May 25, 2019 | 04:25 AM

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25.07.2013The Single Strategy That Can Raise Your Profits By 10 Percent

Now there's a new impetus for giving it a serious try: Greater profitability.

Elaine Pofeldt , Forbes.com

Most American entrepreneurs know they should be finding ways to branch out into overseas markets. And some are plunging into doing it. In 2012, exports reached a record high of $2.2 trillion, up from $1.58 million in 2009. But others keep putting it off, because they don’t know the best way to go about it.

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Now there’s a new impetus for giving it a serious try: Greater profitability. A new study shows that in the Northeast, the most globally-oriented companies have profits that are, on average nearly 10% higher than their peers. More globally diversified businesses also saw less volatility in their profits than their more domestically oriented cohorts. The study, performed by the Economist Intelligence Unit and sponsored by the global bank HSBC, looked at the period from 2007 to 2012.

The sample included a high percentage of healthcare companies, but other industries, such as consumer goods and industrial products were represented.

So how do the rest of us join them? It’s not as simple as heeding the standard advice to enter the economies you see your clients breaking into.

“`Follow your customers,’ is an easy thing to say,” notes Paul Cronin, Executive Vice President, Northeast Corporate Banking, for HSBC Commercial Banking. But it’s not easy to envision how to actually do it if you run a very small business.

Here are some  tips for diversifying your customer base.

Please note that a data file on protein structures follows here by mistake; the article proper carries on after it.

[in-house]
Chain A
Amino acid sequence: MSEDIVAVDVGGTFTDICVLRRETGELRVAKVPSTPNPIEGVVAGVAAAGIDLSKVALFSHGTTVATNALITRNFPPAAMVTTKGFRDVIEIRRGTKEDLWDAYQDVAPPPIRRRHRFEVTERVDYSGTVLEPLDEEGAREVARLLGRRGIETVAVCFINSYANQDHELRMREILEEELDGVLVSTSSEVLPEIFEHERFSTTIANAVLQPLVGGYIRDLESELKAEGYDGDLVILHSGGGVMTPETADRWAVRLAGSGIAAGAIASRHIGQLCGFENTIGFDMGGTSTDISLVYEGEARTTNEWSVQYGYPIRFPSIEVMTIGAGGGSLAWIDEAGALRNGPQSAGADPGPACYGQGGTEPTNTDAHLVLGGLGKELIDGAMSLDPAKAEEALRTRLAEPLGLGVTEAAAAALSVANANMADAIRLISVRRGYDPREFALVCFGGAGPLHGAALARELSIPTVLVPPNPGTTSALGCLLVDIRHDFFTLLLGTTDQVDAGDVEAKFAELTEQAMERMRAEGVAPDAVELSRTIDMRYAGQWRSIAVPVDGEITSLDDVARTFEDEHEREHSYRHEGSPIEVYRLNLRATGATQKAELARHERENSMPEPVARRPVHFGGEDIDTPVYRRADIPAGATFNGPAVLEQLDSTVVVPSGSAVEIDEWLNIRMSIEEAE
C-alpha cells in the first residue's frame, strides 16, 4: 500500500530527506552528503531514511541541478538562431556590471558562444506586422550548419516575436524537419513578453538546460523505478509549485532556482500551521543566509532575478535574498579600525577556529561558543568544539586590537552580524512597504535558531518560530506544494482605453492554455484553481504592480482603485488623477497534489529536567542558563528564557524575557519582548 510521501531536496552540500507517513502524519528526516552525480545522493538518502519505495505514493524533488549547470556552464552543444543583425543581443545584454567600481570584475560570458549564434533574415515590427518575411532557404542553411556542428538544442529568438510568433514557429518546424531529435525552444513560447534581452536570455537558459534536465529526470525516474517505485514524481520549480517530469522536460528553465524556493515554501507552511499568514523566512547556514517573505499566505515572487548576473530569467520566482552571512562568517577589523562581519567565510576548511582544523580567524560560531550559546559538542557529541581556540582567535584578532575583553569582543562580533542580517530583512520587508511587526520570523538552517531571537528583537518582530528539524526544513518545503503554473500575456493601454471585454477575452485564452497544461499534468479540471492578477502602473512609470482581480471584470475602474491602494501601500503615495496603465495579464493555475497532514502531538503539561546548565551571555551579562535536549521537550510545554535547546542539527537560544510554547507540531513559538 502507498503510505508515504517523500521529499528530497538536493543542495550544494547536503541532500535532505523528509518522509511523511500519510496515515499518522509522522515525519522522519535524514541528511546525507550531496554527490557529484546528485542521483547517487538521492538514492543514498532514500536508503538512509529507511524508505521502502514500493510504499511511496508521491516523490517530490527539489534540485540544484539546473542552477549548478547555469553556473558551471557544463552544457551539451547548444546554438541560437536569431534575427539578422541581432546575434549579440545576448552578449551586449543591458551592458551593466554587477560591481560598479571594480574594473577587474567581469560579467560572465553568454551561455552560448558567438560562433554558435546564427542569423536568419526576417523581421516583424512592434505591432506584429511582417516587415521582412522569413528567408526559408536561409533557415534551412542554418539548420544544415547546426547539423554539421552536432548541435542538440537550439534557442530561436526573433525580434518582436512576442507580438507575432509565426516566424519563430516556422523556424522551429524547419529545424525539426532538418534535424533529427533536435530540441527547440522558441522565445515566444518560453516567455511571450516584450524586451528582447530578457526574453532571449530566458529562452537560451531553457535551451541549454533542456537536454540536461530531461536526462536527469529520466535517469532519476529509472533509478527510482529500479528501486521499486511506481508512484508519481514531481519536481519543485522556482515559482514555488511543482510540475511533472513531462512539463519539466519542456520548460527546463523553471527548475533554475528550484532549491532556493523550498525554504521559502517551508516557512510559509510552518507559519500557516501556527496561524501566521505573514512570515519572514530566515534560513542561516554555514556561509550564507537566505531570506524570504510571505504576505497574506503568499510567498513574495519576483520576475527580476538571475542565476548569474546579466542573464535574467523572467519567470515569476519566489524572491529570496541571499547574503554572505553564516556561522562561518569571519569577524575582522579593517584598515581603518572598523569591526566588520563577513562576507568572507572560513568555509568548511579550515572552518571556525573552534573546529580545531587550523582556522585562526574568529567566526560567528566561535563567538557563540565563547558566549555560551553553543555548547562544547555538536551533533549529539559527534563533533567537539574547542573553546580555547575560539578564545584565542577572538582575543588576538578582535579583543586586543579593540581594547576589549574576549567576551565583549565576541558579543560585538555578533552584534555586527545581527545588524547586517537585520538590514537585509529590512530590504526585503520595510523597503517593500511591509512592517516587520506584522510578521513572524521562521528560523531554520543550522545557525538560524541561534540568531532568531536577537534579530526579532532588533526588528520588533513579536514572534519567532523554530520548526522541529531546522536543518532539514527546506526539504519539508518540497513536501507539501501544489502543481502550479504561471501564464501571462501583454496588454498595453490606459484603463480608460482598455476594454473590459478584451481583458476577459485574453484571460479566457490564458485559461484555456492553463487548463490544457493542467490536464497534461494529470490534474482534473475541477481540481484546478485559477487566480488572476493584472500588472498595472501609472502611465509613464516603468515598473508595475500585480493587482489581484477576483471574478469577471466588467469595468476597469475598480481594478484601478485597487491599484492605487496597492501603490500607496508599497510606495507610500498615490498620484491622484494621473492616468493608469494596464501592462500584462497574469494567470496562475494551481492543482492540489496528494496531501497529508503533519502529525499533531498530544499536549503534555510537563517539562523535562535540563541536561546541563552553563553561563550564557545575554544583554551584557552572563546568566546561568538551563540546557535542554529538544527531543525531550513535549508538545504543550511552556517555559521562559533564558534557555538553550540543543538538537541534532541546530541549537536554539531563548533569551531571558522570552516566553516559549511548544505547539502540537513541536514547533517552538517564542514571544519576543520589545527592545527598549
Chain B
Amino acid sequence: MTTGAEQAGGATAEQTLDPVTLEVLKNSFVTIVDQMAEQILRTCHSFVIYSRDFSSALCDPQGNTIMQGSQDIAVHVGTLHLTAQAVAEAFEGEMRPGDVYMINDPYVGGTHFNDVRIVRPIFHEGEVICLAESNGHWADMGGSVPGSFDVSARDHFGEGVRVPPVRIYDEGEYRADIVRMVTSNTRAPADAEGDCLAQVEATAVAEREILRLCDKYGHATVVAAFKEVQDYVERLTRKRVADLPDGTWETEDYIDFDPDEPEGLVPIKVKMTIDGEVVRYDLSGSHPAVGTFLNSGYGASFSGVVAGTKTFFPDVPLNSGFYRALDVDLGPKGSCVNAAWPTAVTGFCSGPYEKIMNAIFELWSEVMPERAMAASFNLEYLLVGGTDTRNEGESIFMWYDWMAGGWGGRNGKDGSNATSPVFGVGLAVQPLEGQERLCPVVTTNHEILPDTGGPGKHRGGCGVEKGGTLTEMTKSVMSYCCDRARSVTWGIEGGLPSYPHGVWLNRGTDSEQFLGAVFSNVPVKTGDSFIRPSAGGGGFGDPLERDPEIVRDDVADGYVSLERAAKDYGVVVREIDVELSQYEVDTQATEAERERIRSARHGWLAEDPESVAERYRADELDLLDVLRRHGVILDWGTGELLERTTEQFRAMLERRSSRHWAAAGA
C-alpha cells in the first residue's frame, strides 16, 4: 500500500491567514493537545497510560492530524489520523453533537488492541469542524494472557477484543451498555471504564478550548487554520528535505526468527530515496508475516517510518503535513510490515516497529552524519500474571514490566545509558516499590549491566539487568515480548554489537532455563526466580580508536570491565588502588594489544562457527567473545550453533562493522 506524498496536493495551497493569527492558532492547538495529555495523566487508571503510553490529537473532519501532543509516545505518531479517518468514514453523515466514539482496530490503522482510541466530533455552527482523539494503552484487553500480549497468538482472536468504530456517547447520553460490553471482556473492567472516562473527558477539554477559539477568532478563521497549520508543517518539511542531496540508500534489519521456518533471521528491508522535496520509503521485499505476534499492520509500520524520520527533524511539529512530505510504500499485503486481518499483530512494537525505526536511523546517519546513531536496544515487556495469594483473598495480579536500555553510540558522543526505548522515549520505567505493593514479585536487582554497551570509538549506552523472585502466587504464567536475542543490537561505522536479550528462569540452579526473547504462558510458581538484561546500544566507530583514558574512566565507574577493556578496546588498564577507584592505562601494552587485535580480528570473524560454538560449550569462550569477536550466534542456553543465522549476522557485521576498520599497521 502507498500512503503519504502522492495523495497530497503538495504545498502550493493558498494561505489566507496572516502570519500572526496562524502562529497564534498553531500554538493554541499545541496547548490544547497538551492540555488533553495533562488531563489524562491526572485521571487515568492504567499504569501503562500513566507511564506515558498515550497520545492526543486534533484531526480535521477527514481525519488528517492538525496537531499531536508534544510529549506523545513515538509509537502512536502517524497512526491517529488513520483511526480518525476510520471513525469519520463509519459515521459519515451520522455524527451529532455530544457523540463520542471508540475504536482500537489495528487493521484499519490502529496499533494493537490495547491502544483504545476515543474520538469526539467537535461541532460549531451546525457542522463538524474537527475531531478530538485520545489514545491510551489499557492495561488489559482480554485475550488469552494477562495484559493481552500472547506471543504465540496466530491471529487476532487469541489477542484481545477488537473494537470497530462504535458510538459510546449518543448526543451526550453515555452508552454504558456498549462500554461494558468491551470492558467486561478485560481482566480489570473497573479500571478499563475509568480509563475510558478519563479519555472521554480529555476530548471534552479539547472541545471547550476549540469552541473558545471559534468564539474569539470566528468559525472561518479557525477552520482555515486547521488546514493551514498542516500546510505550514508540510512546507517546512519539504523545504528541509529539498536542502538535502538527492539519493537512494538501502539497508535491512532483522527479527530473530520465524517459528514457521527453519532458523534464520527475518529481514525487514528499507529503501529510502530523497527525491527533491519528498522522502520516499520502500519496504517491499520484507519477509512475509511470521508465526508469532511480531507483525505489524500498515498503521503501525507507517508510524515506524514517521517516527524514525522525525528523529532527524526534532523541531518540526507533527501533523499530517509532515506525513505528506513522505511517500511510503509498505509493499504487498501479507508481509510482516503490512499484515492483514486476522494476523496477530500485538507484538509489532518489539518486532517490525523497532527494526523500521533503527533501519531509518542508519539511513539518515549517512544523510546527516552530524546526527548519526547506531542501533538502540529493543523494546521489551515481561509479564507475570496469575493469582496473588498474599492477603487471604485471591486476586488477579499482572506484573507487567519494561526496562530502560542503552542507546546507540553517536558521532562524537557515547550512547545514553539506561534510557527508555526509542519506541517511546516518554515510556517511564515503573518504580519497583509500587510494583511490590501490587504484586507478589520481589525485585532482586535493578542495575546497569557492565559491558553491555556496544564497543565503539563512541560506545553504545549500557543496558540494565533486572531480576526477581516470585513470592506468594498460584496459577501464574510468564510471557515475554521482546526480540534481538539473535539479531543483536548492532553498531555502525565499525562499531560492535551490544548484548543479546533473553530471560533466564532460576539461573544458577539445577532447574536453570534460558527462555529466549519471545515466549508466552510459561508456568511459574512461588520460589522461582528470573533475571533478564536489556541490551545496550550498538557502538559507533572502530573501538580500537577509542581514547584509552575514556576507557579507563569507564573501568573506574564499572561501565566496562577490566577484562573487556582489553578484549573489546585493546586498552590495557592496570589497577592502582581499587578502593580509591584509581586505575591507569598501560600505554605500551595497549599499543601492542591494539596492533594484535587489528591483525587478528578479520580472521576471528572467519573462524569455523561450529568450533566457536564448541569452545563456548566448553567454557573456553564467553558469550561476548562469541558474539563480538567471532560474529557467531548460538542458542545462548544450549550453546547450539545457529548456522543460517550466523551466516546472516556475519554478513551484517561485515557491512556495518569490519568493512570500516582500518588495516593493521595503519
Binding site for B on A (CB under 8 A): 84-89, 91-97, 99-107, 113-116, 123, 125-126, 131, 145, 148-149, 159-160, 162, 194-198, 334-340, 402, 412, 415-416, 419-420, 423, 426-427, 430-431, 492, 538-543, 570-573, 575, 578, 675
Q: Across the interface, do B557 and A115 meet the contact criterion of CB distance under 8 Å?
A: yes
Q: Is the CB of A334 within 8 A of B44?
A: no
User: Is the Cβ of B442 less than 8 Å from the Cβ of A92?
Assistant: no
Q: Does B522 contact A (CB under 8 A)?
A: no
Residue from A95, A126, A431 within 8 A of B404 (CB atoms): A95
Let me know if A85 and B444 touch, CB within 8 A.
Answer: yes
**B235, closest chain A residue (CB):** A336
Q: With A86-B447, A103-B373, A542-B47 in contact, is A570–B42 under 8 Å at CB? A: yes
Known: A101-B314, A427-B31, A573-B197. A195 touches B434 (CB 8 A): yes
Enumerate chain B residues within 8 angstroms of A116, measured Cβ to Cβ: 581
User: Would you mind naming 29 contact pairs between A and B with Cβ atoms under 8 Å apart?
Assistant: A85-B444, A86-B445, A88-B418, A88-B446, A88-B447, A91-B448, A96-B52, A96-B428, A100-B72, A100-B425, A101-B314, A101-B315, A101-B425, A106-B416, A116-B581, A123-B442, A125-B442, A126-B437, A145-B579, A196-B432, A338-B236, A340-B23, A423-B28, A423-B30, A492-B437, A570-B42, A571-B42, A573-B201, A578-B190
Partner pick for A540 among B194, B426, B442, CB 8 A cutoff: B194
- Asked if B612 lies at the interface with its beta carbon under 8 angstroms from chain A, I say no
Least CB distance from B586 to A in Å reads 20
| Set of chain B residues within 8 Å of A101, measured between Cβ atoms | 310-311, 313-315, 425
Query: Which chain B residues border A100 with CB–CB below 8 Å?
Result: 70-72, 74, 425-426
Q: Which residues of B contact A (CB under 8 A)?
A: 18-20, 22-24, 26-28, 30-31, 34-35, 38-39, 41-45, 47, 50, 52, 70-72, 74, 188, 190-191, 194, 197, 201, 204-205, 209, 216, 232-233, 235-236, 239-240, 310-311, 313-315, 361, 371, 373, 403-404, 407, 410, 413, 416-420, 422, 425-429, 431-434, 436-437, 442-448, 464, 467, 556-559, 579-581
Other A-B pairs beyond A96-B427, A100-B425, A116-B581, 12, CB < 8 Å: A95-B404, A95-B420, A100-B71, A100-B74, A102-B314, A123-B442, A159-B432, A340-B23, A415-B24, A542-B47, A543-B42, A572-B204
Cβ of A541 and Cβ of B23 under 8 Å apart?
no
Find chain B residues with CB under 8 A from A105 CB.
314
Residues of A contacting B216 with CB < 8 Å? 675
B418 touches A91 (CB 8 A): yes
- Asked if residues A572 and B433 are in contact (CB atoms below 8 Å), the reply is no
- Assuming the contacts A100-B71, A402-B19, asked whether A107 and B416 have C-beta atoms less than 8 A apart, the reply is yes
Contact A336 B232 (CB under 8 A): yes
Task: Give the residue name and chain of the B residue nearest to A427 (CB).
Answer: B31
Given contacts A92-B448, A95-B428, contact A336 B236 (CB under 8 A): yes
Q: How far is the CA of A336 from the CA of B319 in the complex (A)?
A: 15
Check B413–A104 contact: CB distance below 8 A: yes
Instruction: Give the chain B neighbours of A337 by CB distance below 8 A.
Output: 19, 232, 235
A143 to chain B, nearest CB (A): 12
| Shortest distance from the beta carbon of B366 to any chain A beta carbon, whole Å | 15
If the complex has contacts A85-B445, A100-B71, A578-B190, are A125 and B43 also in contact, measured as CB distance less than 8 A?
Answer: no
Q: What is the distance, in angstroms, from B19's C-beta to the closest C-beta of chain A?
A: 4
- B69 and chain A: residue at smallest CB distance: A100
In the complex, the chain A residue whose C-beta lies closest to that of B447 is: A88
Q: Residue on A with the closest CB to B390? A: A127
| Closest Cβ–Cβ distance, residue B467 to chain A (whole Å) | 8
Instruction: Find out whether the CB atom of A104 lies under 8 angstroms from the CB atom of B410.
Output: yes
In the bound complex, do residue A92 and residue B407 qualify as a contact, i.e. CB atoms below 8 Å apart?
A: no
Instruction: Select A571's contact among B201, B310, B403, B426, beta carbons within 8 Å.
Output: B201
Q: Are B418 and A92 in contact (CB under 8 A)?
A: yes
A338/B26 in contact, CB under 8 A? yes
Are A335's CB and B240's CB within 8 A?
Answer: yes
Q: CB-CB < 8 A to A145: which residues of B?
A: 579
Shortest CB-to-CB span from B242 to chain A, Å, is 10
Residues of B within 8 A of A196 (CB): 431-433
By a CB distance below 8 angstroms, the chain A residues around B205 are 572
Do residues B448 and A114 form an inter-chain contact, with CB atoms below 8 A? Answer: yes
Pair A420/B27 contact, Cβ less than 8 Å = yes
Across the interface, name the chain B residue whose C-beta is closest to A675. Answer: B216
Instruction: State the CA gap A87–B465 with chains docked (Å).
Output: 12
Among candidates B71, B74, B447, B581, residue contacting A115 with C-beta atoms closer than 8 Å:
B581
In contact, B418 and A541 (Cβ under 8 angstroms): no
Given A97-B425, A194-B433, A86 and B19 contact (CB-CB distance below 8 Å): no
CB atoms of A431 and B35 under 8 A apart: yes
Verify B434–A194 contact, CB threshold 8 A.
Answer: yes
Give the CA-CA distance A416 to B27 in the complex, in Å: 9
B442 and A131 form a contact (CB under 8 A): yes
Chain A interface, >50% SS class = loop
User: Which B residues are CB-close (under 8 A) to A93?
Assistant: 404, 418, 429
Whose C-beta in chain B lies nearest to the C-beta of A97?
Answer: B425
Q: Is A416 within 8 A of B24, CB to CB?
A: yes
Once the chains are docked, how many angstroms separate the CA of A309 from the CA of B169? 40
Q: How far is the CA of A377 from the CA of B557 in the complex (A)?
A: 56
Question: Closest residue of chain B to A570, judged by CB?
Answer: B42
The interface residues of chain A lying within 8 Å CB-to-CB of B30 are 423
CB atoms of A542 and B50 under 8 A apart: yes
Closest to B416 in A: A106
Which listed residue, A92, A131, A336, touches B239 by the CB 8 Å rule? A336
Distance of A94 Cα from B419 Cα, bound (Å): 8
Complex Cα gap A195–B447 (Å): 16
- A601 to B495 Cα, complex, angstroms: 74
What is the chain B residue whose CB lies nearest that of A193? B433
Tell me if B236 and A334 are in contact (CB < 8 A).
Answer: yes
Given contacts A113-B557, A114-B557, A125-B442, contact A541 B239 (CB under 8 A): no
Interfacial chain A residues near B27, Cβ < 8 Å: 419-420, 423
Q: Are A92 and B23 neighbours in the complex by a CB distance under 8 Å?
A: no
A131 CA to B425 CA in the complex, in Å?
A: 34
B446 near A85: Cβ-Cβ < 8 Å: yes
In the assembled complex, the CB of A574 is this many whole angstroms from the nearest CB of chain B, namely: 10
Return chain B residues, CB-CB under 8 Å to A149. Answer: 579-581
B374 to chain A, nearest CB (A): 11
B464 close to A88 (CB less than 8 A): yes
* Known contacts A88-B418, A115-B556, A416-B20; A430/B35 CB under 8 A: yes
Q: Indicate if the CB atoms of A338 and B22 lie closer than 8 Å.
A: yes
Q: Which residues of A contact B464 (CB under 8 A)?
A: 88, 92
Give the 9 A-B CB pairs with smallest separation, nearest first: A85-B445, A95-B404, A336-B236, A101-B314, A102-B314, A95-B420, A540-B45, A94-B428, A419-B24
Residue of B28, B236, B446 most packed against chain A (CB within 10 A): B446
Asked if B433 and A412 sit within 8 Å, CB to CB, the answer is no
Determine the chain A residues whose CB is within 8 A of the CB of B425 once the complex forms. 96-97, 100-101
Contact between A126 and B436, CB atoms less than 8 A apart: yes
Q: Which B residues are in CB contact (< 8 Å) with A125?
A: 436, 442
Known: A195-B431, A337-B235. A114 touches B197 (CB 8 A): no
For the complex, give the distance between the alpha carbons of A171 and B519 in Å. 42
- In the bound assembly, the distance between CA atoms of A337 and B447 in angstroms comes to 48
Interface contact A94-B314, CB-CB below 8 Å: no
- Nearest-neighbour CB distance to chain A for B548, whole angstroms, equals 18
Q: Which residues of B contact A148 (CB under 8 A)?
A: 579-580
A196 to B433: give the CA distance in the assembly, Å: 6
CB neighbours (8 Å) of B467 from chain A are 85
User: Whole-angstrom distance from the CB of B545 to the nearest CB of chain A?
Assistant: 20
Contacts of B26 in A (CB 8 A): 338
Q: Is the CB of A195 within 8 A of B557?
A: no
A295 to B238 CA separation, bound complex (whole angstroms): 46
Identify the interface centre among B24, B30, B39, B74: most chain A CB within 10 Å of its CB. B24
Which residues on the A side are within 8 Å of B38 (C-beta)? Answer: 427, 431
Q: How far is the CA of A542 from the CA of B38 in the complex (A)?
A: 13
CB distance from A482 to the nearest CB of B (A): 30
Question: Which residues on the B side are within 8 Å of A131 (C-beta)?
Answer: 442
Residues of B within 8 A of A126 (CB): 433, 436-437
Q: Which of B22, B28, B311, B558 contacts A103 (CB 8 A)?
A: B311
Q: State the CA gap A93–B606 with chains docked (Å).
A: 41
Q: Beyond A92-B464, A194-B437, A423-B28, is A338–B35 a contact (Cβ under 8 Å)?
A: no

Choose the right market. You don’t necessarily have to venture far from the U.S. to export. “Canada is the number one export market for the U.S.,” Cronin notes. For other ideas, here is the list of the top trading partners of the U.S.

Look at what your competitors are doing. Those who are exporting successfully probably won’t want to give their strategies away, but you’ll have many opportunities to observe them in the marketplace as you run your own business.  ”Leverage what they’re already doing in terms of establishing a demand for American products overseas,” Cronin advises.

Get government help. Some countries have programs designed to help you navigate their system, Cronin notes. If you’re looking for a place to learn the basics, try Export.gov, a site managed by the International Trade Administration. The site lists various agencies that help U.S. based exporters enter various countries.

Figure out how to accept payments. Shop around for a bank that has a presence in the country where you want to do business and can advise you on how to avoid banking mishaps,  foreign exchange risks and the like. “You don’t have the same legal systems,” notes Cronin.

All this can take time, but, as this study shows, it can pay off. And it’s a good long-term strategy. According to Export.gov, nearly 96% of the world’s consumers live outside the U.S.

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